or surroundings. All squatters on government resettlement projects. Houses constructed without governmental authority on public streets and river beds for they obstruct at all times the free use by the public of said places. As such. location.  The difference between nuisance per se and nuisance per accidens lies in the proof. occupation. • EXISTENC E • • ABATEME NT • • Torts | Day 10 | 1 . Generoso. not a nuisance per se. A nuisance because of its inherent qualities. not in the remedy. of its dangerous condition. persons and property would not have the right to compel the abatement of a may be summarily abated under particular thing or act as a the undefined law of necessity nuisance without reasonable notice to the person alleged to be maintaining or doing the same at the time and place of hearing before a tribunal authorized to decide whether such a thing or act does in law constitute a nuisance (Monteverde vs. the manner of its conduct or other circumstances existence may be proved • proof of the act and its without a showing of specific damages consequences is necessary. occupation. (Mendoza vs. 1982)  NUISANCE PER ACCIDENS: an act.   The coal hole. PER SE PER ACCIDENS whether it is a nuisance or not is generally a question of fact the thing becomes a nuisance as • depends upon its location and a matter of law surroundings. or structure which is unquestionably a nuisance at all times and under any circumstances. they can be abated or ejected without judicial proceedings. National Housing Authority . they may be summarily removed without judicial proceedings. regardless of location or surroundings . but which may become a nuisance by reason of circumstances.known. The tumbledown house abutting on a highway is transformed into an unlawful structure if its ruinous condition is a menace to the traveler. productive of injury or dangerous to life or property without regard to circumstance. gambling houses. or structure. an action by one injured as a result thereof may take the form of one for nuisance or one for negligence. The responsibility for a nuisance for either sort is the same. • • • A house of prostitution is a nuisance per se aside from being a public nuisance. • Raising and breeding pigs in a house within city limits is a nuisance per accidens. o NUISANCE based on their nature: PER SE & PER ACCIDENS  NUISANCE PER SE: an act. the right to relief is established by averment and proof of the mere act affects the immediate safety of • even the municipal authorities. built under a license. may involve a liability for nuisance if there is negligence in covering it. o There may be situations where what was lawful in its origin may be turned into a nuisance by negligence in maintenance .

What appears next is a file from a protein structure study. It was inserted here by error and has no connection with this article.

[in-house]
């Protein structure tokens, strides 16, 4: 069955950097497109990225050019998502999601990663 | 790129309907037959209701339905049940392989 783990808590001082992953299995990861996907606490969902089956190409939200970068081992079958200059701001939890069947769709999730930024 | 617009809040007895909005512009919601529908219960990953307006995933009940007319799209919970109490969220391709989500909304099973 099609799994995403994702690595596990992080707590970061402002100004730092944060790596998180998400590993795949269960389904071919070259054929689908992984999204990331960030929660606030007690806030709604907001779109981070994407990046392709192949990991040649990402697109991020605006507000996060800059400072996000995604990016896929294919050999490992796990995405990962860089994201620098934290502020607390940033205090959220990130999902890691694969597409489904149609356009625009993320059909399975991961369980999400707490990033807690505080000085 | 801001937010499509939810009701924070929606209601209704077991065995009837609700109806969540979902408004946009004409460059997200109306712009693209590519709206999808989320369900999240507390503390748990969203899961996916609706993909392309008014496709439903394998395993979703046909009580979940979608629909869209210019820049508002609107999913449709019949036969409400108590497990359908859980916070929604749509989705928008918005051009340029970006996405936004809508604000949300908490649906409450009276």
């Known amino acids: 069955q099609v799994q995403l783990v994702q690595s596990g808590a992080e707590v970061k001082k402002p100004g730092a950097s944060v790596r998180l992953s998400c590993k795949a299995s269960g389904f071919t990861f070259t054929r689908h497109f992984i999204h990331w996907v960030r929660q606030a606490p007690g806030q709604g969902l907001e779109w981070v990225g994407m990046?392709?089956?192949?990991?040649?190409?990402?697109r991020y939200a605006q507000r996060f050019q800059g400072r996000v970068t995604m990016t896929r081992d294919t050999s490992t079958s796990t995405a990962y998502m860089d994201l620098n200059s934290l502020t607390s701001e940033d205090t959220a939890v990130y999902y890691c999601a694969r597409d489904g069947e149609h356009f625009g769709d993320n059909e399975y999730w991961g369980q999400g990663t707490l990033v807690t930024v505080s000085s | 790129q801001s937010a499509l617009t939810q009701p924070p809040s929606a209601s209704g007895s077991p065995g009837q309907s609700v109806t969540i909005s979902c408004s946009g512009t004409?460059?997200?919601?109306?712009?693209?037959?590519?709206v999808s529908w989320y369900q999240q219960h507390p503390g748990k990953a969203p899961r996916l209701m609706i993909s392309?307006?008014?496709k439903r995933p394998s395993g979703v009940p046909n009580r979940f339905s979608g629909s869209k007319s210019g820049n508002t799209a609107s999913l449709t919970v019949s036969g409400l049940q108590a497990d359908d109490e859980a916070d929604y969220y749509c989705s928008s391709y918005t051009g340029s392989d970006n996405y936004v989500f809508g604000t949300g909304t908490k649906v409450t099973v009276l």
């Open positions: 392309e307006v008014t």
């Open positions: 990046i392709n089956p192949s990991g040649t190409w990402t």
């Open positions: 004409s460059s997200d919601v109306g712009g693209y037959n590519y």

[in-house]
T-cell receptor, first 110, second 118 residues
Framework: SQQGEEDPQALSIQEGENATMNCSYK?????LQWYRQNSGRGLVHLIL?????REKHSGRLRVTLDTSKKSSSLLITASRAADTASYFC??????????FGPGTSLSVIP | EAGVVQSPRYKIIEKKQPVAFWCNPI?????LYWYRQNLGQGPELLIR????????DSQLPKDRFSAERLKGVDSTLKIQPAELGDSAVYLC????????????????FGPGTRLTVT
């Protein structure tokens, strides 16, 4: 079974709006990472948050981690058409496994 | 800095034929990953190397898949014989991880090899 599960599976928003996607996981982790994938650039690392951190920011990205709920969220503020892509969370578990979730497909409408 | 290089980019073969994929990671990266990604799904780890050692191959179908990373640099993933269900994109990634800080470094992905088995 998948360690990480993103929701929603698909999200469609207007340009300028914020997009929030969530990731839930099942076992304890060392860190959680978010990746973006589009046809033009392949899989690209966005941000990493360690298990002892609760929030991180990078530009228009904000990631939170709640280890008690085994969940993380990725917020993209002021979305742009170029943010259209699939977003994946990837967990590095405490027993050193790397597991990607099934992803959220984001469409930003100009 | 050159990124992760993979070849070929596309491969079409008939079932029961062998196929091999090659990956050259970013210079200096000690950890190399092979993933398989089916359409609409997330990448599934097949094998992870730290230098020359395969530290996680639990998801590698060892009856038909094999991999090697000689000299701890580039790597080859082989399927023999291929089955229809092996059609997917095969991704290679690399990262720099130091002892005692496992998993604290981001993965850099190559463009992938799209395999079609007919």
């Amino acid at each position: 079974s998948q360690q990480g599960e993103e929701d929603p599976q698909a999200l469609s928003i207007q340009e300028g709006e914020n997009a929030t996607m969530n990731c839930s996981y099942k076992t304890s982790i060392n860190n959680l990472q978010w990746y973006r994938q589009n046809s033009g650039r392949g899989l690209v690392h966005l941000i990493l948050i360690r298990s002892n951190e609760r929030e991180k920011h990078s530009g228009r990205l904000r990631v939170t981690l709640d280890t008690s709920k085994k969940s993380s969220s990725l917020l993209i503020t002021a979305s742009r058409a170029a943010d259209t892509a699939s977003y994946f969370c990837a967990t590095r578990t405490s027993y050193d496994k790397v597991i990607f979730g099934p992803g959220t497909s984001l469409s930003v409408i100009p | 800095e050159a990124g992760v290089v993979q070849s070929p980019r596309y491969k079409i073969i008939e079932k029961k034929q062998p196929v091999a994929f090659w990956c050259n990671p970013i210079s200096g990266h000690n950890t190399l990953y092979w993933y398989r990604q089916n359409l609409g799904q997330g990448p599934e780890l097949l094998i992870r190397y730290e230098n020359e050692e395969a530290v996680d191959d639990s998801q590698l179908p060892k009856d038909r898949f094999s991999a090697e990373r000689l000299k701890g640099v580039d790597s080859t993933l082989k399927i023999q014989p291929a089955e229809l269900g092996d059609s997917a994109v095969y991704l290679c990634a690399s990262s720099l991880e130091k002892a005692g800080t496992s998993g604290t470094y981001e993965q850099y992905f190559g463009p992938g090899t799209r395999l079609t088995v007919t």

 the complainant need not have property or use interest in any property affected by the defendant’s conduct. unwarrantable. It is a nuisance which causes hurt. • •  PRIVATE NUISANCE: • • one which violates only private rights and produces damage to but one or a few persons. inconvenience. SCOPE REMEDY  TEST OF A PUBLIC NUISANCE Torts | Day 10 | 1 • • The distinction between a public nuisance and a private nuisance lie in the extent or scope of its injurious effect. Injunctive relief may be granted against a private nuisance. It is a condition of things which is prejudicial to the health. or the holder of one or more other use rights. safety. or morals of the citizens at large. current interest in the undisturbed enjoyment of or benefit from property. discomfort.  private nuisance are actionable. or such a part of the public as necessarily comes in contact with it in the exercise of a public or common right. or hurt that the law will presume a consequent damage. .  The plaintiff need not own the property — he need only be a lawful occupant. inconvenience. or both. comfort. sense of decency. but to all who come within its sphere. The test of a public nuisance is the possibility of injury or annoyance not to the public.1928) o NUISANCE according to the extent or scope of their injurious effects : PUBLIC & PRIVATE  PUBLIC NUISANCE: • the doing of or the failure to do something that injuriously affects safety. or unlawful use of one’s property produces such material annoyance. either for their abatement or for damages. or damage to the public generally.  The complainant seeks to protect his own. and cannot be said to be public. or works some substantial annoyance. inconvenience. resulting either from an act not warranted by law. It has been said to exist where one is injured in relation to a right which he enjoys by reason of his ownership of an interest in land. or injury to the public. property. PUBLIC  affects the public at large or such of them as may come in contact with it  Public nuisances are indictable. health. and where an individual wrong arising from an unreasonable. PRIVATE  affects the individual or a limited number of individuals only. or neglect of a duty imposed by law. or morals of the public.